In the chapter "Reciprocity" by Janine Benyus in ALL WE CAN SAVE, she tells the fascinating story of an ecologist in the early 1900s who was the first to demonstrate that "...plants were cooperators as well as competitors." This view lost favor, coinciding, "to the year, with the release of the Truman Doctrine and the onset of the Cold War. For decades, communism was a third rail best avoided, even when talking about plants." I love this statement by Benyus:
"But here is what I love about the scientific method. Though culture seeps into science and sometimes holds its finger on the scale, it cannot stop the relentless search for measurable truth. Un-American or not, the math has to work."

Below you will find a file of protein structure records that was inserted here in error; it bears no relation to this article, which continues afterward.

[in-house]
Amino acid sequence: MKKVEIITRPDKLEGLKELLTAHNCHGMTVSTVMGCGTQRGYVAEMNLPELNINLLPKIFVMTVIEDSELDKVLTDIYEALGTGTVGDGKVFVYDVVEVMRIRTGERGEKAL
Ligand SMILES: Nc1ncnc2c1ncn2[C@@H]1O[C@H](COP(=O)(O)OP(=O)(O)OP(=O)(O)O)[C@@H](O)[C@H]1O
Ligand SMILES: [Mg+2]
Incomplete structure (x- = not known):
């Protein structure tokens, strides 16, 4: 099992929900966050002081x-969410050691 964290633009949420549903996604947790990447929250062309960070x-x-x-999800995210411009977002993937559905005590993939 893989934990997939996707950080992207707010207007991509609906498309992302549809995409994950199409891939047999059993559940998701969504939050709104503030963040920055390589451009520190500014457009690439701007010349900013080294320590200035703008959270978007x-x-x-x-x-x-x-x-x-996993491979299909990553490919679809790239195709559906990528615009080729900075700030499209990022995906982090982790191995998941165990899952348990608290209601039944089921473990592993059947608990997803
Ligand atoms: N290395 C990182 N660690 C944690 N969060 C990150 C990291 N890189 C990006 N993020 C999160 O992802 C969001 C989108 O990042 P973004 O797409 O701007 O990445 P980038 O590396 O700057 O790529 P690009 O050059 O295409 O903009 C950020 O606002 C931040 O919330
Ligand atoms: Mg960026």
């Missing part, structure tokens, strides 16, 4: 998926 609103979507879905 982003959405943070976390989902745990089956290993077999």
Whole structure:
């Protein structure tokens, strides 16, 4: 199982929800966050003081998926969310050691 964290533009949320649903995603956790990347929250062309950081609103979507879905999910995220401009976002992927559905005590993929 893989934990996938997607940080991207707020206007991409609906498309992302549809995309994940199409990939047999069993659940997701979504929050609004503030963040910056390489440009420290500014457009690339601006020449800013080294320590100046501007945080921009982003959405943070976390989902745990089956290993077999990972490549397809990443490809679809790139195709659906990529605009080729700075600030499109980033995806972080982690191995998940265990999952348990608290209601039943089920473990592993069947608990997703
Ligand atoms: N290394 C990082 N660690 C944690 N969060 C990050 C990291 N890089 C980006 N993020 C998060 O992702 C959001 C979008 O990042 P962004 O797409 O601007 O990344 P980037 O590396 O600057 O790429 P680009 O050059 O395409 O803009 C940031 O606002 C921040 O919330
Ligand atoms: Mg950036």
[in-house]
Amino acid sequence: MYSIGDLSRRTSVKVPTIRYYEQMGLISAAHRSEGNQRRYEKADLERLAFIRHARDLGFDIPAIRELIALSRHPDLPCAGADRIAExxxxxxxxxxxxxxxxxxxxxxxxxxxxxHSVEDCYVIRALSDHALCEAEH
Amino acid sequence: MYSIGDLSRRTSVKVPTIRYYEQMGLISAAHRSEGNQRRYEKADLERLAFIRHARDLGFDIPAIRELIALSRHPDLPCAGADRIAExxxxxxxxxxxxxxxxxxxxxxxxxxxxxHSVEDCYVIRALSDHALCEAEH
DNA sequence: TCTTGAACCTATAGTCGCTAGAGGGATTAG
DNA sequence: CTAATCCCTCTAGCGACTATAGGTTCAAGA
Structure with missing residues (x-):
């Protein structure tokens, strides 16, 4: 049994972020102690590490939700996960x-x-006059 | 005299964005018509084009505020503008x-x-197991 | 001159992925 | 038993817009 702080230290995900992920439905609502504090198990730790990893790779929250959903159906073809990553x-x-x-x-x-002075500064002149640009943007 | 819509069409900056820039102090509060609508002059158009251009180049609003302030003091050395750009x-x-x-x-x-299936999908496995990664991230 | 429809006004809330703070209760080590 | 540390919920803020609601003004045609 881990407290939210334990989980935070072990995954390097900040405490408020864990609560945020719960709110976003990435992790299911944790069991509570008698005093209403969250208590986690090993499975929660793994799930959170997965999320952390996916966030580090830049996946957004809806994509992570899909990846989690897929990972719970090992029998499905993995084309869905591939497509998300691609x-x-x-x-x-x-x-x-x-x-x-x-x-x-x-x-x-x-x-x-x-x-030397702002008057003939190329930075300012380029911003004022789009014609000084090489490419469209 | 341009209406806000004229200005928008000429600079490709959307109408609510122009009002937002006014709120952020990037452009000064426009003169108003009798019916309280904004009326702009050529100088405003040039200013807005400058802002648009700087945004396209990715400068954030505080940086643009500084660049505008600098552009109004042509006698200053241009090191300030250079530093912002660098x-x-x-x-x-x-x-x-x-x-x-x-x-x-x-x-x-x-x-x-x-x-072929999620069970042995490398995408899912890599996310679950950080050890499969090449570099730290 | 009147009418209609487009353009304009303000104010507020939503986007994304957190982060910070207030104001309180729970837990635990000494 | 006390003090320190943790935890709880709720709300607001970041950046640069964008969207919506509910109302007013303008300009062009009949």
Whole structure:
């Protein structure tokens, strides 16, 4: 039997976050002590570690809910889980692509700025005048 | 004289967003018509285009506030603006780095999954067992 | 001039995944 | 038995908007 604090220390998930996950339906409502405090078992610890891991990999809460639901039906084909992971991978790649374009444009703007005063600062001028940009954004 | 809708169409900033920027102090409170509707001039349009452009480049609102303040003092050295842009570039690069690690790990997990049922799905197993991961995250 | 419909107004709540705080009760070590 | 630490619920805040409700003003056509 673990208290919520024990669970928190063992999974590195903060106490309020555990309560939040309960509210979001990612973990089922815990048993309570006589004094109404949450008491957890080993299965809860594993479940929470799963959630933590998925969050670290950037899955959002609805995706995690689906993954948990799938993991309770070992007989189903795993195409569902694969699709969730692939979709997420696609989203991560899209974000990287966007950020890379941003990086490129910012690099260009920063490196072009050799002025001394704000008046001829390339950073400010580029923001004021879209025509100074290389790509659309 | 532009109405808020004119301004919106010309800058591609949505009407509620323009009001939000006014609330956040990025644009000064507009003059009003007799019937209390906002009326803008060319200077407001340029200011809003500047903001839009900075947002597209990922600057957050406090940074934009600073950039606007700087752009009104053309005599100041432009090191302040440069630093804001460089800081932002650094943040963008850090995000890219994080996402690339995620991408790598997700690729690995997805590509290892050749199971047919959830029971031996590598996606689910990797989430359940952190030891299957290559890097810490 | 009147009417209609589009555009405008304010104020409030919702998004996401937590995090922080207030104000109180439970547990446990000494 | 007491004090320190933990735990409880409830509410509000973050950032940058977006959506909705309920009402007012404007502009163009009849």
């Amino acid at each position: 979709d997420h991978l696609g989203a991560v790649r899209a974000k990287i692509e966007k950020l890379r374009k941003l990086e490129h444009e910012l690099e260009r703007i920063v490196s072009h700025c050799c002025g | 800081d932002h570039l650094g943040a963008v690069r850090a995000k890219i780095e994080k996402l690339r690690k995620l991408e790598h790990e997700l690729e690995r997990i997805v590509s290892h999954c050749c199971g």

The symbiotic relationships between animals (mutualism, commensalism, parasitism) are widely known (and taught in 5th grade Life Science in Ohio). Scientists are beginning to understand the mutualistic relationships between plants, and they are finding a truth we need to remember as a human species:
"The more stressful the environment, the more likely you are to see plants working together to ensure mutual survival."
Let's use mutualism as our model moving forward -- for both our species and our planet.